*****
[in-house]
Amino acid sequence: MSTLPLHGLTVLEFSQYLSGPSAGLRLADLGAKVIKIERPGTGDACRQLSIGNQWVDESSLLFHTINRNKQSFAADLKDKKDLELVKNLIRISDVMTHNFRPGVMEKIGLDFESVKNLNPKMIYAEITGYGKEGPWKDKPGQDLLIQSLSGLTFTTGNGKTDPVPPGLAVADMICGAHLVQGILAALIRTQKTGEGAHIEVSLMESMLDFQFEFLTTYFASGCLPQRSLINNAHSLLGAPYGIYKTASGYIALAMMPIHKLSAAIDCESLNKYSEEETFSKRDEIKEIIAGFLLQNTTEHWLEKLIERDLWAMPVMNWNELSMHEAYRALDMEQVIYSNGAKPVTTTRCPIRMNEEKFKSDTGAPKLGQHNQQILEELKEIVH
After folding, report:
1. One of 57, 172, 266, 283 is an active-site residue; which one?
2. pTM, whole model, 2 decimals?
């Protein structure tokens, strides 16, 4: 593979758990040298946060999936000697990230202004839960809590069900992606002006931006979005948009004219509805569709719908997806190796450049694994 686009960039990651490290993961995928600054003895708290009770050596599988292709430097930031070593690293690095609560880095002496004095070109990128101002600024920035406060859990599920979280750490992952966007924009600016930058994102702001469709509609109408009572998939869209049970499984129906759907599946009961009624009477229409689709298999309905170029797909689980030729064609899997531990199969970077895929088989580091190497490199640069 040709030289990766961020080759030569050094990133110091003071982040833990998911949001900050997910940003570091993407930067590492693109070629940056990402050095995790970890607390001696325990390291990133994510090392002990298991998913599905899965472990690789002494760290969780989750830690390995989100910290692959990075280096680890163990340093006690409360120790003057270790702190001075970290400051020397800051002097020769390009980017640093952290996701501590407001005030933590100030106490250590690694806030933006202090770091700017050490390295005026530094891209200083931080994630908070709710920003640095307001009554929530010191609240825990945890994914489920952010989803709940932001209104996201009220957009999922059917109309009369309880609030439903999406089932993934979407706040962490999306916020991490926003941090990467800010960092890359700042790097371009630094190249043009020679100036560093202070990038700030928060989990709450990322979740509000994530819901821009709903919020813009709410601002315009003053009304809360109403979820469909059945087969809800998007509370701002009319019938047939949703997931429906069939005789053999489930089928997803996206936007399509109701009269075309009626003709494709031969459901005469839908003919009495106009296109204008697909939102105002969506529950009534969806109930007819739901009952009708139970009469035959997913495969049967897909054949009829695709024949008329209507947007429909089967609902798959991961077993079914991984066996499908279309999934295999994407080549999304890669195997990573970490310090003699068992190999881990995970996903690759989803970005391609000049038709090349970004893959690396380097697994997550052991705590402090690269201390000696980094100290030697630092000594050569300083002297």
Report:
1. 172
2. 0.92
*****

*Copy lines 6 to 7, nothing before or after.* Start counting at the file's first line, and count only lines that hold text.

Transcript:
């Protein structure tokens, strides 16, 4: 593979758990040298946060999936000697990230202004839960809590069900992606002006931006979005948009004219509805569709719908997806190796450049694994 686009960039990651490290993961995928600054003895708290009770050596599988292709430097930031070593690293690095609560880095002496004095070109990128101002600024920035406060859990599920979280750490992952966007924009600016930058994102702001469709509609109408009572998939869209049970499984129906759907599946009961009624009477229409689709298999309905170029797909689980030729064609899997531990199969970077895929088989580091190497490199640069 040709030289990766961020080759030569050094990133110091003071982040833990998911949001900050997910940003570091993407930067590492693109070629940056990402050095995790970890607390001696325990390291990133994510090392002990298991998913599905899965472990690789002494760290969780989750830690390995989100910290692959990075280096680890163990340093006690409360120790003057270790702190001075970290400051020397800051002097020769390009980017640093952290996701501590407001005030933590100030106490250590690694806030933006202090770091700017050490390295005026530094891209200083931080994630908070709710920003640095307001009554929530010191609240825990945890994914489920952010989803709940932001209104996201009220957009999922059917109309009369309880609030439903999406089932993934979407706040962490999306916020991490926003941090990467800010960092890359700042790097371009630094190249043009020679100036560093202070990038700030928060989990709450990322979740509000994530819901821009709903919020813009709410601002315009003053009304809360109403979820469909059945087969809800998007509370701002009319019938047939949703997931429906069939005789053999489930089928997803996206936007399509109701009269075309009626003709494709031969459901005469839908003919009495106009296109204008697909939102105002969506529950009534969806109930007819739901009952009708139970009469035959997913495969049967897909054949009829695709024949008329209507947007429909089967609902798959991961077993079914991984066996499908279309999934295999994407080549999304890669195997990573970490310090003699068992190999881990995970996903690759989803970005391609000049038709090349970004893959690396380097697994997550052991705590402090690269201390000696980094100290030697630092000594050569300083002297």
Report: